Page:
A few weeks ago friends and guests of Milligan were welcomed to Capital Studios in Wandsworth, where the young, creative cinema brand Backyard Cinema has made its home. They started out quite literally in a back yard and grew to be part of Camden Lock Market’s vibrant entertainment scene, during Milligan’s ownership and transformation of the market space. Here they hosted after-market movie nights under the stars, with street food, deck chairs, bean bags and themeing which brought each cinematic world to life in the market itself.

Today, they have welcomed over 100k guests to Capital Studios in just a few months since opening and have their sights set on new venues with unique spaces where they can develop new concepts and host even more sell-out screenings.

Dominic Davies, one of the founders and Backyard Cinema’s creative director believes they are offering visitors something special. “Many visitors travel for up to an hour to get here – the whole experience is so unique. We’ve also brought something special to Wandsworth and the locals enjoy having us as an attraction that’s part of their community. Making our home somewhere like this, we can control the whole experience and train our teams to deliver the very best customer service.”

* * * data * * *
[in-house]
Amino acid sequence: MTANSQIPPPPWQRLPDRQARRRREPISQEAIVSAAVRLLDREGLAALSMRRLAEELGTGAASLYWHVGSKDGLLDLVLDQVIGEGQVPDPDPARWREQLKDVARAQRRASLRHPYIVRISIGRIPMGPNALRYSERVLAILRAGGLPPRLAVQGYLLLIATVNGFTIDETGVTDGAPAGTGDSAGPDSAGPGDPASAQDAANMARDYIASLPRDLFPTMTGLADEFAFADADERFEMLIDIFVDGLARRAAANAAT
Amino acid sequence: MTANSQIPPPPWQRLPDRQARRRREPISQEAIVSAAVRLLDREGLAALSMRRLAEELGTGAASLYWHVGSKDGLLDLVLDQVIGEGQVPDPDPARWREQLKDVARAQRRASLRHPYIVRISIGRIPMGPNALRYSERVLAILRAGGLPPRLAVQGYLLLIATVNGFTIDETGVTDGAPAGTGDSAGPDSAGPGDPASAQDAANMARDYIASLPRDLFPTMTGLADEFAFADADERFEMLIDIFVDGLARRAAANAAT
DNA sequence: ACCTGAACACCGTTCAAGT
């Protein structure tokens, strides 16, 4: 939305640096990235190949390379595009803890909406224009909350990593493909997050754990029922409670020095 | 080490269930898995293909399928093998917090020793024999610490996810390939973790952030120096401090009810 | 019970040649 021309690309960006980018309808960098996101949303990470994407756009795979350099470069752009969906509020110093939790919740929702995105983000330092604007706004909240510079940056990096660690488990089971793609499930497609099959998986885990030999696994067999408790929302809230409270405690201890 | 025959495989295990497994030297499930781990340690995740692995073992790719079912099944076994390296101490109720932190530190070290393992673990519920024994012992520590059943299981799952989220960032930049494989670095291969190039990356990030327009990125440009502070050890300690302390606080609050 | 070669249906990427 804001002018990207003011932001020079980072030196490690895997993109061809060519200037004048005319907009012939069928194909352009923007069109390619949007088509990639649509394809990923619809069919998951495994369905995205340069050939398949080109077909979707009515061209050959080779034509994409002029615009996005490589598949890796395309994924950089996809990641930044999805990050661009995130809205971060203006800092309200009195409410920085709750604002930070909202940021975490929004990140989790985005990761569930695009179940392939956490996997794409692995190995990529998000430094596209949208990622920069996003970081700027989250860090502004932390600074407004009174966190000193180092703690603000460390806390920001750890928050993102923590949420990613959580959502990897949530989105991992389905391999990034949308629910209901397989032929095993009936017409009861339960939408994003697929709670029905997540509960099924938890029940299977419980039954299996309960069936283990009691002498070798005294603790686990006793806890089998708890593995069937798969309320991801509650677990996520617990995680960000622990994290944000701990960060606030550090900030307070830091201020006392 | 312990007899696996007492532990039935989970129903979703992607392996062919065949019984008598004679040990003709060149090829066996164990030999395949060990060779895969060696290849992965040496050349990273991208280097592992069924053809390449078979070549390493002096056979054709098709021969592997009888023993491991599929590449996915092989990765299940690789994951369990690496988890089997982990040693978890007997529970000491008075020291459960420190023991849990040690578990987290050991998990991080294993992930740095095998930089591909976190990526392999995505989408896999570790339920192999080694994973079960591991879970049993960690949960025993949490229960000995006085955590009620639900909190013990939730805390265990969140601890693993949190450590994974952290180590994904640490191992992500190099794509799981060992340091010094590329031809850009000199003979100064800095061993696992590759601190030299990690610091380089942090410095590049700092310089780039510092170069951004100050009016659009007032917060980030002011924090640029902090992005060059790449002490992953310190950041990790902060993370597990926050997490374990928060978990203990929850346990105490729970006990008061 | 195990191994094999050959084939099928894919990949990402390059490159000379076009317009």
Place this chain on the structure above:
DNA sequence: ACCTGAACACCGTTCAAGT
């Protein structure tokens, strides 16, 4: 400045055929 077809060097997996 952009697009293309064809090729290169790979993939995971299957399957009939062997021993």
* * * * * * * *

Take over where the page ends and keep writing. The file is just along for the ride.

John Milligan said; “We’ve been really proud to partner with Backyard and watch with interest as they go on and grow their offer in new locations. Like retail, cinema has changed in recent years – subscription services and ageing cinemas means a growing number of people will favour movie nights at home. But the guys at Backyard are shaking that up. They create magical, multi-sensory worlds and have upped the anti with the F&B. The ticket sales speak for themselves!”

To find out more about Backyard Cinema drop John a line or visit their website.

February 2020, marks our official coming of age as it’s 18 years since Milligan first opened its doors. In that time, we’ve developed retail, leisure, mixed use schemes and urban markets around Europe and evolved our skills and expertise alongside the industry’s seismic shifts.

To celebrate our 18th birthday, the team rummaged through old photo albums and found pictures from when they were 18 – what a fresh-faced and good looking bunch we were!